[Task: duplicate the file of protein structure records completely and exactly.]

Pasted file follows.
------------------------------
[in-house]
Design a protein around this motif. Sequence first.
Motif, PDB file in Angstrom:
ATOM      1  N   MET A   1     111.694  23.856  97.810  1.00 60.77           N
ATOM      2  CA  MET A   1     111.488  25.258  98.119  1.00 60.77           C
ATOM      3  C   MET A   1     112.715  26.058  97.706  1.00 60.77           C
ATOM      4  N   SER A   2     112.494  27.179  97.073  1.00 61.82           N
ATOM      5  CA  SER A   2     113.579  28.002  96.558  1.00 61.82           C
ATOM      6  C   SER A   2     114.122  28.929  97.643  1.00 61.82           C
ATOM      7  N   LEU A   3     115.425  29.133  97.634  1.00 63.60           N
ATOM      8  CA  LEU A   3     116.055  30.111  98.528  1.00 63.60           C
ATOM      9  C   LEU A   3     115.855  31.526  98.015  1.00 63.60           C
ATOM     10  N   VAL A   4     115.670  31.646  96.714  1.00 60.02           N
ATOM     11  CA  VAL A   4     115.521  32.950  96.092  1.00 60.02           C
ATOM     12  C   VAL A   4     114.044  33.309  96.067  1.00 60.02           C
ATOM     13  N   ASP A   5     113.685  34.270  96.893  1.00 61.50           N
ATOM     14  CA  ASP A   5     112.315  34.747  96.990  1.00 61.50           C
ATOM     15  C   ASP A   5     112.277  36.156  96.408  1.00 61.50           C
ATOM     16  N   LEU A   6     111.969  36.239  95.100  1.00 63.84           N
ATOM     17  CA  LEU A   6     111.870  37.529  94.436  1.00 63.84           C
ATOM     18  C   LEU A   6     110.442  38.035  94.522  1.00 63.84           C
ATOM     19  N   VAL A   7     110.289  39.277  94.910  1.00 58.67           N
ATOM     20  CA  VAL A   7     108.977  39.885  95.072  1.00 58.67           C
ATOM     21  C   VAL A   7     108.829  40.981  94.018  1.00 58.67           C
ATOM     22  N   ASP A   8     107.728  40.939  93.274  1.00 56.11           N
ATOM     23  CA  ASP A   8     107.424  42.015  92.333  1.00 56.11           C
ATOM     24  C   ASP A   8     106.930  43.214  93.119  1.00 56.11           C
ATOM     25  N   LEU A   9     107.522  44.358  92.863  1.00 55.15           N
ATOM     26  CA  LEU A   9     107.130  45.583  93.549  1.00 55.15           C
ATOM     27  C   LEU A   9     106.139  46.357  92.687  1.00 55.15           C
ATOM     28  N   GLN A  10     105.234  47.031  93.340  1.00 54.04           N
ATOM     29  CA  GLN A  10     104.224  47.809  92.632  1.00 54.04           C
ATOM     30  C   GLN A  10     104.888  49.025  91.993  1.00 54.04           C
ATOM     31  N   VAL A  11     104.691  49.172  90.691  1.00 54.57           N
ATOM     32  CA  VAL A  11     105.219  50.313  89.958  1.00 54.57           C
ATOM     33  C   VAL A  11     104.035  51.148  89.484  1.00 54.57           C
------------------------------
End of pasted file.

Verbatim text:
[in-house]
Design a protein around this motif. Sequence first.
Motif, PDB file in Angstrom:
ATOM      1  N   MET A   1     111.694  23.856  97.810  1.00 60.77           N
ATOM      2  CA  MET A   1     111.488  25.258  98.119  1.00 60.77           C
ATOM      3  C   MET A   1     112.715  26.058  97.706  1.00 60.77           C
ATOM      4  N   SER A   2     112.494  27.179  97.073  1.00 61.82           N
ATOM      5  CA  SER A   2     113.579  28.002  96.558  1.00 61.82           C
ATOM      6  C   SER A   2     114.122  28.929  97.643  1.00 61.82           C
ATOM      7  N   LEU A   3     115.425  29.133  97.634  1.00 63.60           N
ATOM      8  CA  LEU A   3     116.055  30.111  98.528  1.00 63.60           C
ATOM      9  C   LEU A   3     115.855  31.526  98.015  1.00 63.60           C
ATOM     10  N   VAL A   4     115.670  31.646  96.714  1.00 60.02           N
ATOM     11  CA  VAL A   4     115.521  32.950  96.092  1.00 60.02           C
ATOM     12  C   VAL A   4     114.044  33.309  96.067  1.00 60.02           C
ATOM     13  N   ASP A   5     113.685  34.270  96.893  1.00 61.50           N
ATOM     14  CA  ASP A   5     112.315  34.747  96.990  1.00 61.50           C
ATOM     15  C   ASP A   5     112.277  36.156  96.408  1.00 61.50           C
ATOM     16  N   LEU A   6     111.969  36.239  95.100  1.00 63.84           N
ATOM     17  CA  LEU A   6     111.870  37.529  94.436  1.00 63.84           C
ATOM     18  C   LEU A   6     110.442  38.035  94.522  1.00 63.84           C
ATOM     19  N   VAL A   7     110.289  39.277  94.910  1.00 58.67           N
ATOM     20  CA  VAL A   7     108.977  39.885  95.072  1.00 58.67           C
ATOM     21  C   VAL A   7     108.829  40.981  94.018  1.00 58.67           C
ATOM     22  N   ASP A   8     107.728  40.939  93.274  1.00 56.11           N
ATOM     23  CA  ASP A   8     107.424  42.015  92.333  1.00 56.11           C
ATOM     24  C   ASP A   8     106.930  43.214  93.119  1.00 56.11           C
ATOM     25  N   LEU A   9     107.522  44.358  92.863  1.00 55.15           N
ATOM     26  CA  LEU A   9     107.130  45.583  93.549  1.00 55.15           C
ATOM     27  C   LEU A   9     106.139  46.357  92.687  1.00 55.15           C
ATOM     28  N   GLN A  10     105.234  47.031  93.340  1.00 54.04           N
ATOM     29  CA  GLN A  10     104.224  47.809  92.632  1.00 54.04           C
ATOM     30  C   GLN A  10     104.888  49.025  91.993  1.00 54.04           C
ATOM     31  N   VAL A  11     104.691  49.172  90.691  1.00 54.57           N
ATOM     32  CA  VAL A  11     105.219  50.313  89.958  1.00 54.57           C
ATOM     33  C   VAL A  11     104.035  51.148  89.484  1.00 54.57           C